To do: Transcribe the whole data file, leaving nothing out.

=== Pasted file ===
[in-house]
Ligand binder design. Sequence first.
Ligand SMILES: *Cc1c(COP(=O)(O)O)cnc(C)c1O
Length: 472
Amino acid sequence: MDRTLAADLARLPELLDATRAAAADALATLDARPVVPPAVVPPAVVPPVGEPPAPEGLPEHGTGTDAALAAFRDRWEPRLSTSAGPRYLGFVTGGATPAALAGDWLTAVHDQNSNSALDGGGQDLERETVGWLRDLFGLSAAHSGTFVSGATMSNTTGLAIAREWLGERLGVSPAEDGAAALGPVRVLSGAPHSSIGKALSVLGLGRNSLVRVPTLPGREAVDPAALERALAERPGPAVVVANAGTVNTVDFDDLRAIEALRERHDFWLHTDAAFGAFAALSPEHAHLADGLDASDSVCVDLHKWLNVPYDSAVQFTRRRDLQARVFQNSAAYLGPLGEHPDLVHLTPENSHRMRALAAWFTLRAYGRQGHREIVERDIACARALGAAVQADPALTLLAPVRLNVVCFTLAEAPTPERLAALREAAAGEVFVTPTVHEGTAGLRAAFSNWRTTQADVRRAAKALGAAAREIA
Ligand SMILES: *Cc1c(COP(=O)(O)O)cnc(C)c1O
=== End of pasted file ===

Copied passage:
[in-house]
Ligand binder design. Sequence first.
Ligand SMILES: *Cc1c(COP(=O)(O)O)cnc(C)c1O
Length: 472
Amino acid sequence: MDRTLAADLARLPELLDATRAAAADALATLDARPVVPPAVVPPAVVPPVGEPPAPEGLPEHGTGTDAALAAFRDRWEPRLSTSAGPRYLGFVTGGATPAALAGDWLTAVHDQNSNSALDGGGQDLERETVGWLRDLFGLSAAHSGTFVSGATMSNTTGLAIAREWLGERLGVSPAEDGAAALGPVRVLSGAPHSSIGKALSVLGLGRNSLVRVPTLPGREAVDPAALERALAERPGPAVVVANAGTVNTVDFDDLRAIEALRERHDFWLHTDAAFGAFAALSPEHAHLADGLDASDSVCVDLHKWLNVPYDSAVQFTRRRDLQARVFQNSAAYLGPLGEHPDLVHLTPENSHRMRALAAWFTLRAYGRQGHREIVERDIACARALGAAVQADPALTLLAPVRLNVVCFTLAEAPTPERLAALREAAAGEVFVTPTVHEGTAGLRAAFSNWRTTQADVRRAAKALGAAAREIA
Ligand SMILES: *Cc1c(COP(=O)(O)O)cnc(C)c1O